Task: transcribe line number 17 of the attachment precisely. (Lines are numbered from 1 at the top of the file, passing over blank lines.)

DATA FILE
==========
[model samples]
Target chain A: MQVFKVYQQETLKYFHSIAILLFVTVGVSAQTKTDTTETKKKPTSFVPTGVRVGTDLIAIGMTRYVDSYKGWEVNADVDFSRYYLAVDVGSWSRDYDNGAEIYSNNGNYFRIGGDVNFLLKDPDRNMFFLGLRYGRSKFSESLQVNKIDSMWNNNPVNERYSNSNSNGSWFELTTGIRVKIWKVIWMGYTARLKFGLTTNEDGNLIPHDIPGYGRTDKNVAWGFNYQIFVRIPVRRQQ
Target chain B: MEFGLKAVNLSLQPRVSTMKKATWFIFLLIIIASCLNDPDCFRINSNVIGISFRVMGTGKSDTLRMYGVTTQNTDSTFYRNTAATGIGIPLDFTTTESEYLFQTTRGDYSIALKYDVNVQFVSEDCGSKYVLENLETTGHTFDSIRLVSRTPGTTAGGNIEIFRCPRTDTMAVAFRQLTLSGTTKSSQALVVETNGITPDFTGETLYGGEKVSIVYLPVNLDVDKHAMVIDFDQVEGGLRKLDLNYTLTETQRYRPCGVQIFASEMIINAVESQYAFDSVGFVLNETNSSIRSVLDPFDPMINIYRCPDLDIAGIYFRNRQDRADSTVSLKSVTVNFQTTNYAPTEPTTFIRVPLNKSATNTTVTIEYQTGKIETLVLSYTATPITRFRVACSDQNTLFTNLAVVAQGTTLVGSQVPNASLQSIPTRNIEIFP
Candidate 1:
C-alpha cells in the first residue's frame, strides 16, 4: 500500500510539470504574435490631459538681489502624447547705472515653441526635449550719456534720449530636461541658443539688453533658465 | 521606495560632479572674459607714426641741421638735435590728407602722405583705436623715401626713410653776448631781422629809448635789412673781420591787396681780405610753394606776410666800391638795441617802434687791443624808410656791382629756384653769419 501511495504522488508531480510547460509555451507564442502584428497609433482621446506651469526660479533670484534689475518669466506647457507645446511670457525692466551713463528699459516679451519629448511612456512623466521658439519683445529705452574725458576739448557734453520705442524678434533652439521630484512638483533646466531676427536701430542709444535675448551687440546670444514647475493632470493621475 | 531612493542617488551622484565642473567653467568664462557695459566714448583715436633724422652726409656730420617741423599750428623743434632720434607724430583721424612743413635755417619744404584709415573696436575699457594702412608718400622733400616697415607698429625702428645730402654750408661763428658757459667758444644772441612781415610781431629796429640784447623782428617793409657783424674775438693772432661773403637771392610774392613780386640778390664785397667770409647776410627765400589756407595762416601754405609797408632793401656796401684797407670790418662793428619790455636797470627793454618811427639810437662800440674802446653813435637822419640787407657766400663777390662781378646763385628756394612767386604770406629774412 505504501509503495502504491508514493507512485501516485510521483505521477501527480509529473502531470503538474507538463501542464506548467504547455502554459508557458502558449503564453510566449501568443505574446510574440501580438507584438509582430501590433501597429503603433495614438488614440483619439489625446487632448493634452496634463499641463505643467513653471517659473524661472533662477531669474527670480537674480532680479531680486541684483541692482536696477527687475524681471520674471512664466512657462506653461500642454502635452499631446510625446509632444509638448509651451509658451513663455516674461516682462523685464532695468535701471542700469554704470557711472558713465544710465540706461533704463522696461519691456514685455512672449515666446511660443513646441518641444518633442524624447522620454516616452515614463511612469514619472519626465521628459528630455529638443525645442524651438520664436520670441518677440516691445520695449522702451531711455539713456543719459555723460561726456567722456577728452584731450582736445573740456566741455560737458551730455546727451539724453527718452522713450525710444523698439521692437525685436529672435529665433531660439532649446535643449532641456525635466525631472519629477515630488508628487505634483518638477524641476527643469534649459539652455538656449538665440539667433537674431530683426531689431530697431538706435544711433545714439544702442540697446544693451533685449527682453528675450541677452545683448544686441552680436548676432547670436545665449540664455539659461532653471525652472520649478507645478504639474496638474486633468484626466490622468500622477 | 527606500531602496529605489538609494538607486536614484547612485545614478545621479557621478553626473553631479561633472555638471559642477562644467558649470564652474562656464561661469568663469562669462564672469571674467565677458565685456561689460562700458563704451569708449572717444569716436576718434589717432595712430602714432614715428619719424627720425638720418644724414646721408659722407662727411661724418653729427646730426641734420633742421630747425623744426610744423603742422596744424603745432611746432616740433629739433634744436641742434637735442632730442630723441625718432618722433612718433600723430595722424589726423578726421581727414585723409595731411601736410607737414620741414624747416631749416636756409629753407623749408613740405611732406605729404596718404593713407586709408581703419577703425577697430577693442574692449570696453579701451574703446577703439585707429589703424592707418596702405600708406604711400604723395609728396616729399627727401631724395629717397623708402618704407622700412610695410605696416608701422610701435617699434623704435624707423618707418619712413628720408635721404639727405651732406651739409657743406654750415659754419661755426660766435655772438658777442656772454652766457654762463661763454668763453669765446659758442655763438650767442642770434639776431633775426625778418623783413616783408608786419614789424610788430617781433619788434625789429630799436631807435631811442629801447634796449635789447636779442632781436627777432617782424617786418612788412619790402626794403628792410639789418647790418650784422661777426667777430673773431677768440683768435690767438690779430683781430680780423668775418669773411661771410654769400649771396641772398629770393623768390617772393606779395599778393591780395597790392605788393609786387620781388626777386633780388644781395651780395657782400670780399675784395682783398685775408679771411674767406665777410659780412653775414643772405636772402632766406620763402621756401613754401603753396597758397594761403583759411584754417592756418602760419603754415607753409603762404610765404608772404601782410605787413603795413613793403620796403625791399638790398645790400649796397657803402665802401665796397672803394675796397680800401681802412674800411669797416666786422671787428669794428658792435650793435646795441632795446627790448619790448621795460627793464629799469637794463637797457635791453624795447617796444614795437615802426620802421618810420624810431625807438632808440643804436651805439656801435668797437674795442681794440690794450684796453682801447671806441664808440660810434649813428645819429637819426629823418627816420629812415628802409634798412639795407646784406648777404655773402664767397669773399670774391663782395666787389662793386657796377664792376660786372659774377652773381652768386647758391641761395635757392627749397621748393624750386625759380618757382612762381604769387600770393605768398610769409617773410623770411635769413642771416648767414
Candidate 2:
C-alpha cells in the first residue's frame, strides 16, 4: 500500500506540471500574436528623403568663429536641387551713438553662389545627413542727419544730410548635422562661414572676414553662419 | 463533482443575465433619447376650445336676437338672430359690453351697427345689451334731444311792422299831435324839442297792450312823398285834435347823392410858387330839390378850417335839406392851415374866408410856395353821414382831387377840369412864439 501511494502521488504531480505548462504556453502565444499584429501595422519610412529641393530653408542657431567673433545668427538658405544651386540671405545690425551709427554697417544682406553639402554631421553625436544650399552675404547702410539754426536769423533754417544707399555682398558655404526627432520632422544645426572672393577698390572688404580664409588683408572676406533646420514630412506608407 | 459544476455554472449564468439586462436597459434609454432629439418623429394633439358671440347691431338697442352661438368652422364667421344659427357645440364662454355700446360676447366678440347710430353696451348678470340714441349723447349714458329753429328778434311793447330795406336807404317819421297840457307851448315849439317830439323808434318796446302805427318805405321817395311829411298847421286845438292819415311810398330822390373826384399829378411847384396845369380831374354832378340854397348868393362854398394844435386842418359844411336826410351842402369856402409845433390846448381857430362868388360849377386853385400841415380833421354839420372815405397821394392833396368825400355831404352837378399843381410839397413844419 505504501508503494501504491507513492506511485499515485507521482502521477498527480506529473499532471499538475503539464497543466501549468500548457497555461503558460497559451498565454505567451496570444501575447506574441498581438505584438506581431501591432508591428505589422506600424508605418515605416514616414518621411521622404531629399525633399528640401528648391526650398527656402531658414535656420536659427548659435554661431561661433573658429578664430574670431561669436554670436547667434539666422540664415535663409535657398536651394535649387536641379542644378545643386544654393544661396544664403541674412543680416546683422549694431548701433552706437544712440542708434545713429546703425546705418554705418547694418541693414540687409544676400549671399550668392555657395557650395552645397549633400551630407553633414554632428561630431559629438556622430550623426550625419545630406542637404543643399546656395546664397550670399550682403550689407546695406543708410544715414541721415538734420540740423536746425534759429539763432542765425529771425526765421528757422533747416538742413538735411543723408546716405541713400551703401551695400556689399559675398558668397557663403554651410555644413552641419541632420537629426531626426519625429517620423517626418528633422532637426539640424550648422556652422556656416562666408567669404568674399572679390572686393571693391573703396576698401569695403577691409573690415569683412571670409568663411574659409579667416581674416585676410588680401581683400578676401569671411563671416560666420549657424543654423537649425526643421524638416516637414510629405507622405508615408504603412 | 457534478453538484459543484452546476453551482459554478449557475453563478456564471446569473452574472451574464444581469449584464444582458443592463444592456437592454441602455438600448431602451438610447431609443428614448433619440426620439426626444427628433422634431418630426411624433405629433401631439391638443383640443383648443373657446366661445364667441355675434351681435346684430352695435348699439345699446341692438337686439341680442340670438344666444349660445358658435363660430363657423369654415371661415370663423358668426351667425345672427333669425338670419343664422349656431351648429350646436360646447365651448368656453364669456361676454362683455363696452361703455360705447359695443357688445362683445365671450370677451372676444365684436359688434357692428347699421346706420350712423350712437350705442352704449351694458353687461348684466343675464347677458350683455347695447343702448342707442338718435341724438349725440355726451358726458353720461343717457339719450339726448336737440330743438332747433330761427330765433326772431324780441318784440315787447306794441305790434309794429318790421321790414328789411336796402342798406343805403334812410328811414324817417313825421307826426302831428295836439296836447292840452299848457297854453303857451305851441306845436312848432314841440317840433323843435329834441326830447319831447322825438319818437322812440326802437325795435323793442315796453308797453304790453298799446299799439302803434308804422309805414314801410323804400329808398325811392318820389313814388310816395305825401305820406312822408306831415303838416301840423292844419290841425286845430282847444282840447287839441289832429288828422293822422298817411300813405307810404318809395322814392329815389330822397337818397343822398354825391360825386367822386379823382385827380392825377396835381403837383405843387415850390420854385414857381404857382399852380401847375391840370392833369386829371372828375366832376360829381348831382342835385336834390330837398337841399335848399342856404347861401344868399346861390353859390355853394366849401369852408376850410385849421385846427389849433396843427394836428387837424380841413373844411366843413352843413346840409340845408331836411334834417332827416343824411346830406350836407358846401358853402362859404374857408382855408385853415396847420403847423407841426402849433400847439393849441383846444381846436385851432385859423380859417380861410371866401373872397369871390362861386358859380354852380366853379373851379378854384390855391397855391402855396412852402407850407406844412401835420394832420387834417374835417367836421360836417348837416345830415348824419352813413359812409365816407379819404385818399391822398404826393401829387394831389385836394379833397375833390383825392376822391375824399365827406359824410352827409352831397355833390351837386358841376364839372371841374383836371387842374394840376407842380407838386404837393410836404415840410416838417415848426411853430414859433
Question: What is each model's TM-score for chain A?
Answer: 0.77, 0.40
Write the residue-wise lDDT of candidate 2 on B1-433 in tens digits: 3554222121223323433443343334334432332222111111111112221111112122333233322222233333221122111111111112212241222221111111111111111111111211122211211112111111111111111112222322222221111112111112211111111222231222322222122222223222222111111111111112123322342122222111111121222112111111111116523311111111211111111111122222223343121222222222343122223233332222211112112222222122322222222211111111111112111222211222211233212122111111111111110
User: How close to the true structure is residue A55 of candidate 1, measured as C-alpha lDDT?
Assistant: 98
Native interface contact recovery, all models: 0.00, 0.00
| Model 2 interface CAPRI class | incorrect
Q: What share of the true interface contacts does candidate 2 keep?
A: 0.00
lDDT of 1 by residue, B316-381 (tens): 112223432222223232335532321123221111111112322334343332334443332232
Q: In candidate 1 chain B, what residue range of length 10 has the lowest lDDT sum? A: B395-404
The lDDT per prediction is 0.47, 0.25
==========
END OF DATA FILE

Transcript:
lDDT of 1 by residue, B316-381 (tens): 112223432222223232335532321123221111111112322334343332334443332232